Other studies have identified somewhat similar patterns in samples of youth at higher risk of ACE exposure. In a longitudinal sample of 732 youth aging out of foster care, Rebbe and colleagues (2017) identified three subgroups of ACE patterning: complex adversity, environmental adversity (characterized by exposure to environmental harms such as witnessing violence and life-threatening accidents), and lower adversity. 4 Youth included in this study experienced a high number of ACEs relative to the general population; however, distinct patterns of health and behavioral risk emerged based on exposure profiles. Youth in the complex adversity group were more likely to be homeless, experience depressive symptoms, and have received treatment for mental health. Those in the environmental adversity group were more likely to be arrested, and youth in either group were more likely to report PTSD, substance abuse symptoms, involvement with the justice system, and to self-report illegal behaviors compared to those in the lower adversity group.

ACEs may interact with each other to compound vulnerabilities

Recently, Briggs and colleagues (2021) expanded on previous work to characterize co-occurrence and distinct risk patterning of ACEs by assessing whether certain ACEs compound each other’s effects. 5 They find evidence that many ACEs do interact to place children who experience multiple forms of ACEs at even greater risk. However, “synergistic pairs” (the specific pairs of ACEs that interact to increase risk) differ by gender and age. In particular, the authors found that sexual abuse may have particularly detrimental effects when experiences alongside other types of ACEs, and that the co-occurrence of multiple ACEs may be particularly harmful among those ages 6-12 and ages 13-18. This research, which build on existing work characterizing the co-occurrence and unique risks associated with different ACE exposure patterns, is important for health care professionals and policymakers alike. These insights provide depth to the ACEs framework, counting not only how many ACEs one has experienced, but seeking to explain how outcomes are shaped by the type of ACEs experienced and in identifying how vulnerabilities may be compounded.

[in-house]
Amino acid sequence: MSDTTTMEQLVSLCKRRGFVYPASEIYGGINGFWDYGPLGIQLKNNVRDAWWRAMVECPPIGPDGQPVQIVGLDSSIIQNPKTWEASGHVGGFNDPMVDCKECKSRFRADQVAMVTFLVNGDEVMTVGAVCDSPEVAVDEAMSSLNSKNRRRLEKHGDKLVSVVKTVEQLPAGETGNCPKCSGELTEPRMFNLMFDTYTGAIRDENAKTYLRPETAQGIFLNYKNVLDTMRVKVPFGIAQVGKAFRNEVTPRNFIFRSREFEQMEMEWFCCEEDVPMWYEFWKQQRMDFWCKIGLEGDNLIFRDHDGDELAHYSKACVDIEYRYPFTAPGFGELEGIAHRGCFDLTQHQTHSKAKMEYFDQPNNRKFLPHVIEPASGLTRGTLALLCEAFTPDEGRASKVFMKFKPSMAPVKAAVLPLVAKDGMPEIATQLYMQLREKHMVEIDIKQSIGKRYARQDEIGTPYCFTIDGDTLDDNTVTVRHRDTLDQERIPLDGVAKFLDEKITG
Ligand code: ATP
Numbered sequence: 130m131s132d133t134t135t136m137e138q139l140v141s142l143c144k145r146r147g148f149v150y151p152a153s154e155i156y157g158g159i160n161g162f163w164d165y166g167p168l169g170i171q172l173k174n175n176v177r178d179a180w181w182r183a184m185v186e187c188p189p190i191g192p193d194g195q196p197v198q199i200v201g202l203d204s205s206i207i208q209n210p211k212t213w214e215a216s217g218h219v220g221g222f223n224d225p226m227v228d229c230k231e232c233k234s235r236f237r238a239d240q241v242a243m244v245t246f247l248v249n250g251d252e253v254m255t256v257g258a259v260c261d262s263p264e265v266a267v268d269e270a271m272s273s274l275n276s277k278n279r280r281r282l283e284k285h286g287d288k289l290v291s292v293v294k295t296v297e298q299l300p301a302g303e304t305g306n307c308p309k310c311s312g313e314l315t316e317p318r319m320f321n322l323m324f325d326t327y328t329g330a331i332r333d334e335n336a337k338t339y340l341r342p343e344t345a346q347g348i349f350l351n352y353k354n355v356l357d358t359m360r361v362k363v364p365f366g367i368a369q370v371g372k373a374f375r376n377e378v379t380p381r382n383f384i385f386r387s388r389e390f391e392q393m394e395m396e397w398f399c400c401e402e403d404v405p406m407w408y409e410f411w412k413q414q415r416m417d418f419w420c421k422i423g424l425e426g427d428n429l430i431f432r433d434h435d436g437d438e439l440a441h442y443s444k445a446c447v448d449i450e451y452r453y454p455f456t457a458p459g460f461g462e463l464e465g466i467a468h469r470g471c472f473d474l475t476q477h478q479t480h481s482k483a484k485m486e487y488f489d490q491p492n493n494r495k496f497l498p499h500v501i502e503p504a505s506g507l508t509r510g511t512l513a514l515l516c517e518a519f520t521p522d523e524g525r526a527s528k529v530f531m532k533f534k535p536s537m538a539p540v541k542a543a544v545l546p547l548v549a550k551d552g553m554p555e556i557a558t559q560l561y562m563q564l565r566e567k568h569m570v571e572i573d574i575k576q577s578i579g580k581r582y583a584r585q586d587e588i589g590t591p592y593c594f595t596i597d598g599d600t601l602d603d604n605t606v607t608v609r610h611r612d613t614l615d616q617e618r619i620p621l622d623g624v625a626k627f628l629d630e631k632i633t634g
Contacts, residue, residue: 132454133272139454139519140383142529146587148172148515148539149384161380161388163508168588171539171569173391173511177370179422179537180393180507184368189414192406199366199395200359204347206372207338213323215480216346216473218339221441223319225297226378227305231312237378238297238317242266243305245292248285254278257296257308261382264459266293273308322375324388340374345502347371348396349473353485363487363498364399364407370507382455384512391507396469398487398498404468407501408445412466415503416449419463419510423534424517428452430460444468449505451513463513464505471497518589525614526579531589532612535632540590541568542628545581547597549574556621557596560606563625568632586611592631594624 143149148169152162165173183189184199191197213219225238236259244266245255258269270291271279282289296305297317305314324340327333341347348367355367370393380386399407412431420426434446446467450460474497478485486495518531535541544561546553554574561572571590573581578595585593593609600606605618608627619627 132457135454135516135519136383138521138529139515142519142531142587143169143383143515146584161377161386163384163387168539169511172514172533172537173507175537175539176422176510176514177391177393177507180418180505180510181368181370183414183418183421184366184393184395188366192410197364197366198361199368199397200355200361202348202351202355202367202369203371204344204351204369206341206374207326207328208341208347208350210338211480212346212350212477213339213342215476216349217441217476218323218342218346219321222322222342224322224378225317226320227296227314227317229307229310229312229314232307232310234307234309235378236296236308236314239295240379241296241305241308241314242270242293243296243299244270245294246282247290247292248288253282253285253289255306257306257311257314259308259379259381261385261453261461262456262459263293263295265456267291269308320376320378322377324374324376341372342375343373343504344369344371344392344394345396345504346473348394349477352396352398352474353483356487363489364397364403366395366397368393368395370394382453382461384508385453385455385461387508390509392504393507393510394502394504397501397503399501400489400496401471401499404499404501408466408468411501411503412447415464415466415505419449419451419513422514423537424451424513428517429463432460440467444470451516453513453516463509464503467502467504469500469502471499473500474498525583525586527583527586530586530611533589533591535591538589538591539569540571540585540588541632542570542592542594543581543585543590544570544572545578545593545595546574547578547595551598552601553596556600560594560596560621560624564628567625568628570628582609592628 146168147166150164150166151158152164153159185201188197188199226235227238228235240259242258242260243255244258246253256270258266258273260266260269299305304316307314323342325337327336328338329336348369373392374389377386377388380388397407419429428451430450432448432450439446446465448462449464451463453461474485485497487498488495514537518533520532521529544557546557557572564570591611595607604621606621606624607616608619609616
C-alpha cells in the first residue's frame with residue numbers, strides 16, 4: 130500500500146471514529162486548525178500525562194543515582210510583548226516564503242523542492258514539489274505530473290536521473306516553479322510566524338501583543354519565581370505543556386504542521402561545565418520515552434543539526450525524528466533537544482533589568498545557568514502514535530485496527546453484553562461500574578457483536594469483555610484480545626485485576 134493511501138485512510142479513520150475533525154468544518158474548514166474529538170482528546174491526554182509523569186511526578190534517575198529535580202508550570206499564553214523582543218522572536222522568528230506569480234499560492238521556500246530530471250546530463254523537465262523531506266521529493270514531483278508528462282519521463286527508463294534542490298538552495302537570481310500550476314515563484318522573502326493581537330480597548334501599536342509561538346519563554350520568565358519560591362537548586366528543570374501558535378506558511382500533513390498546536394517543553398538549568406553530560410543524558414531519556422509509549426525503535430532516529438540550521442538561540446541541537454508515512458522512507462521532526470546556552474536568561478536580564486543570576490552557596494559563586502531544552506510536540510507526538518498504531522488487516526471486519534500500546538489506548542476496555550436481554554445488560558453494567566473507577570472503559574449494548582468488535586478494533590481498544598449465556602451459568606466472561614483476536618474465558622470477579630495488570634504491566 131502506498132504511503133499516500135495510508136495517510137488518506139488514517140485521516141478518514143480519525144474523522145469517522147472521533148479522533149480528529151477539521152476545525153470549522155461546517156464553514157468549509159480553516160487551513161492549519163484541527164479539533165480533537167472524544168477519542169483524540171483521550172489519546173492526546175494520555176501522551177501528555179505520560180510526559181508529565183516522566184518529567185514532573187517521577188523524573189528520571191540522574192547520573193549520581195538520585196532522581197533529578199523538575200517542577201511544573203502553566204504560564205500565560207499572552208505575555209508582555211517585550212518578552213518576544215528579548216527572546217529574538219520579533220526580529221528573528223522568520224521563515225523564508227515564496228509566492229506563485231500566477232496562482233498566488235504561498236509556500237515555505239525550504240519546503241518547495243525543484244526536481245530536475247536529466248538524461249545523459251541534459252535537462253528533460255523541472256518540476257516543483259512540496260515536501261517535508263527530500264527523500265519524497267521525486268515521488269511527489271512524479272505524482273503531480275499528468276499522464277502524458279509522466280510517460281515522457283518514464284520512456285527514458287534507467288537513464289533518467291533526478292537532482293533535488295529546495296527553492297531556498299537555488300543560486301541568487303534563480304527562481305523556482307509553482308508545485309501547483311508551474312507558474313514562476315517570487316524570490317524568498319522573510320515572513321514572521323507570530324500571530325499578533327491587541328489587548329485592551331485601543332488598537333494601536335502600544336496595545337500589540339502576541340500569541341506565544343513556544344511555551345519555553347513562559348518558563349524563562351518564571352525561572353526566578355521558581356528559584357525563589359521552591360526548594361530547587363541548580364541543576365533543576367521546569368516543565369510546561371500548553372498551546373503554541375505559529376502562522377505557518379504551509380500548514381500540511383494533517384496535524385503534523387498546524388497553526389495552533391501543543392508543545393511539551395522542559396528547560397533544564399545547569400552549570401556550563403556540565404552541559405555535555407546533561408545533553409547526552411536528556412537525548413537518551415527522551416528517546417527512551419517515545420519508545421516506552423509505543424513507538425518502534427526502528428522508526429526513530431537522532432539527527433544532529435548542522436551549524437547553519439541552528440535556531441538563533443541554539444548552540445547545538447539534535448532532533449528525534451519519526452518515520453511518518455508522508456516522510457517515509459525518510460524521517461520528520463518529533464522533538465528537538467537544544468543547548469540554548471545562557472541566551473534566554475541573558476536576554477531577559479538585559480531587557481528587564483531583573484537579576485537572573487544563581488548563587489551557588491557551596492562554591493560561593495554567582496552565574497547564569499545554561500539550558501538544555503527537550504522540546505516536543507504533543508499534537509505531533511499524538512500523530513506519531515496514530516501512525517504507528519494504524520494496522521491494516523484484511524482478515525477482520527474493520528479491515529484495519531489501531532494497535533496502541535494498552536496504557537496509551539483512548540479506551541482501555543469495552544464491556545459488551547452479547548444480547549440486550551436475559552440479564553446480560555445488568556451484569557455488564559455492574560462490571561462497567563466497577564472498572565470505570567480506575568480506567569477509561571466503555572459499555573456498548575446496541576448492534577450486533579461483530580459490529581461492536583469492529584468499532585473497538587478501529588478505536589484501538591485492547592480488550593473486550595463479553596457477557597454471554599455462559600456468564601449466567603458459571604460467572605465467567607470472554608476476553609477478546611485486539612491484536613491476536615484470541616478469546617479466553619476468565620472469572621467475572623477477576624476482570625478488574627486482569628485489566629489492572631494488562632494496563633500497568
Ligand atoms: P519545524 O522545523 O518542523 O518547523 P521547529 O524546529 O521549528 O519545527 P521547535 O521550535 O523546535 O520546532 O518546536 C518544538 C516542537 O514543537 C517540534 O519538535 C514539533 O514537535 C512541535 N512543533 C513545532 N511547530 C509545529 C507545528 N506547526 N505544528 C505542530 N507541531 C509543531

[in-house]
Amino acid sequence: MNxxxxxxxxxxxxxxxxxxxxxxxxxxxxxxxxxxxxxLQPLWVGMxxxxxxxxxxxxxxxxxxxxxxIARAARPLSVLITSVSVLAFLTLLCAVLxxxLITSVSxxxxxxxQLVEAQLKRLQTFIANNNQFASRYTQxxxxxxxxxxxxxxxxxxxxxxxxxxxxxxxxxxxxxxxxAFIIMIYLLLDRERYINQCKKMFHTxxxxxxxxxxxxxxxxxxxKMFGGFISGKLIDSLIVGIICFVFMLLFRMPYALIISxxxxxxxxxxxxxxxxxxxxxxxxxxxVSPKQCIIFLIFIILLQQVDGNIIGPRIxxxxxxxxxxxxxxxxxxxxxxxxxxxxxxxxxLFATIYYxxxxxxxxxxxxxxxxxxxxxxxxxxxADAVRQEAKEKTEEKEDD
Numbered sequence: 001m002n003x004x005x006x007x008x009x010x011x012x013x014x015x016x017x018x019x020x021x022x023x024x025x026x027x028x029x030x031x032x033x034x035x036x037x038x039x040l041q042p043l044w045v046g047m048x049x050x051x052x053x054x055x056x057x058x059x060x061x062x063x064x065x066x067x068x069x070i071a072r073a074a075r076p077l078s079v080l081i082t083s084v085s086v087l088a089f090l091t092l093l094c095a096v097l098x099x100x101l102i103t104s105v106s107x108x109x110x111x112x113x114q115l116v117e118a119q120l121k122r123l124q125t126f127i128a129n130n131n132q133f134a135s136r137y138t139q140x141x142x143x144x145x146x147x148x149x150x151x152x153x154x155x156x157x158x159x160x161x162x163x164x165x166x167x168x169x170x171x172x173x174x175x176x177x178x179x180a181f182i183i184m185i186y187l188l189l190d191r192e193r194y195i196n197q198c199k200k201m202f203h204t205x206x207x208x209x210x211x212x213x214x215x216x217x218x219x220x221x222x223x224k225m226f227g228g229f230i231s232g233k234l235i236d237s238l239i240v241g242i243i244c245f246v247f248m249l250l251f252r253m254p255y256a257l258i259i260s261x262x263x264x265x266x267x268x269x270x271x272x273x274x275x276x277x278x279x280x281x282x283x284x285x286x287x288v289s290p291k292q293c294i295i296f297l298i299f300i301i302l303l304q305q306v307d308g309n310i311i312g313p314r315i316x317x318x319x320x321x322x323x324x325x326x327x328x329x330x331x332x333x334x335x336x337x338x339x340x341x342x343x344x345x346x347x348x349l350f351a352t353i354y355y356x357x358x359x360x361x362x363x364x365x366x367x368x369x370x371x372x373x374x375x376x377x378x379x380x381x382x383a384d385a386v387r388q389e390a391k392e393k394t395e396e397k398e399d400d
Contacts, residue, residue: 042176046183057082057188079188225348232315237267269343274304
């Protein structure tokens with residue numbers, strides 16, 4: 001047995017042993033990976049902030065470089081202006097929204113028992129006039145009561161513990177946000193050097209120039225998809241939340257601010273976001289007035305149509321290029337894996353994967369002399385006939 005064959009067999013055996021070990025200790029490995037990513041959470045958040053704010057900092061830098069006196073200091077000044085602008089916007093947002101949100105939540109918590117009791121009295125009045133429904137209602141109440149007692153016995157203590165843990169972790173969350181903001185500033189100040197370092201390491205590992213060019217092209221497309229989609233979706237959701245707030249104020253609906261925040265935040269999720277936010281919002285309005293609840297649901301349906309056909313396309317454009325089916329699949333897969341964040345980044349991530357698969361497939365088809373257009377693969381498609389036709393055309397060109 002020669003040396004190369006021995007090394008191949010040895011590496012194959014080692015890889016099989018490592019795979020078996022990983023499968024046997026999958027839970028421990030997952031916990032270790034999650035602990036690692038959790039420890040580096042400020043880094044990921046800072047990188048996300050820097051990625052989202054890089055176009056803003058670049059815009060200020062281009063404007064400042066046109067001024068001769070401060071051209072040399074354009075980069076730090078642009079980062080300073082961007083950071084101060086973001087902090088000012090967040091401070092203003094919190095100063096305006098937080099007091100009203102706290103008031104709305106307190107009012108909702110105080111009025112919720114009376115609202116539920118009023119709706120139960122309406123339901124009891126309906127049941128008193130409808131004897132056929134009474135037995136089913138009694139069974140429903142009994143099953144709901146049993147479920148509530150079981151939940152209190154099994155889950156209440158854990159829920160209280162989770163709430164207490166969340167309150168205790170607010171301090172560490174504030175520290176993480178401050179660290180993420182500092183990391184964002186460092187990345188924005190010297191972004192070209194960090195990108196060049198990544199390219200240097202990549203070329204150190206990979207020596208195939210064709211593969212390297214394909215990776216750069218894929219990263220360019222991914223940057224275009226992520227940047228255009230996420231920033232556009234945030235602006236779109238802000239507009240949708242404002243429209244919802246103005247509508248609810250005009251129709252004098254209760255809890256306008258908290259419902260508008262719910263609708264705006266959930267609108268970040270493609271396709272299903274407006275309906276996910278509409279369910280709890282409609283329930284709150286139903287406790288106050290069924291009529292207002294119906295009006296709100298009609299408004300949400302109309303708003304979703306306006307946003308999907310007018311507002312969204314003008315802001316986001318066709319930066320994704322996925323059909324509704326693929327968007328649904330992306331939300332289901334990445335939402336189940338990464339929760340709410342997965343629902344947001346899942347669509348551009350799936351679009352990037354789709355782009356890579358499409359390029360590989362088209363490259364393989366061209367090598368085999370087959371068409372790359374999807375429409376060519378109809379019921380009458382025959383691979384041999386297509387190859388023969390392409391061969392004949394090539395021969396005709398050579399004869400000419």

Works Cited

1Brown, S. M., Rienks, S., McCrae, J. S., & Watamura, S. E. (2019). The co-occurrence of adverse childhood experiences among children investigated for child maltreatment: A latent class analysis. Child Abuse & Neglect, 87, 18-27.
2Shin, S. H., McDonald, S. E., & Conley, D. (2018). Patterns of adverse childhood experiences and substance use among young adults: A latent class analysis. Addictive behaviors, 78, 187-192.
3Merians, A. N., Baker, M. R., Frazier, P., & Lust, K. (2019). Outcomes related to adverse childhood experiences in college students: comparing latent class analysis and cumulative risk. Child abuse & neglect, 87, 51-64.
4Rebbe, R., Nurius, P. S., Ahrens, K. R., & Courtney, M. E. (2017). Adverse childhood experiences among youth aging out of foster care: A latent class analysis. Children and youth services review, 74, 108-116.
5Briggs, E. C., Amaya-Jackson, L., Putnam, K. T., & Putnam, F. W. (2021). All adverse childhood experiences are not equal: The contribution of synergy to adverse childhood experience scores. American Psychologist, 76(2), 243.

Do you know your score?

Childhood Trauma Affects Your Future Health

Answer these ten confidential questions developed with the CDC and understand your warning signs

Gloria Hu
Gloria Hu

Doctoral Student, Epidemiology, Mailman School of Public Health

Gloria is an incoming doctoral student in epidemiology at the Mailman School of Public Health. Her recent research includes work with the Global Violence Against Children and Youth Surveys (VACS) and qualitative research involving HIV-positive, formerly incarcerated individuals and the reentry process. She has also previously volunteered at youth correctional facilities in upstate New York.

Authors express their own opinions which do not necessarily reflect the opinions of the Stop Abuse Campaign.




One Child Is Too Many

Join our mailing list to receive a weekly update of the top stories.

Thank you. You have successfully subscribed

Pin It on Pinterest

Share This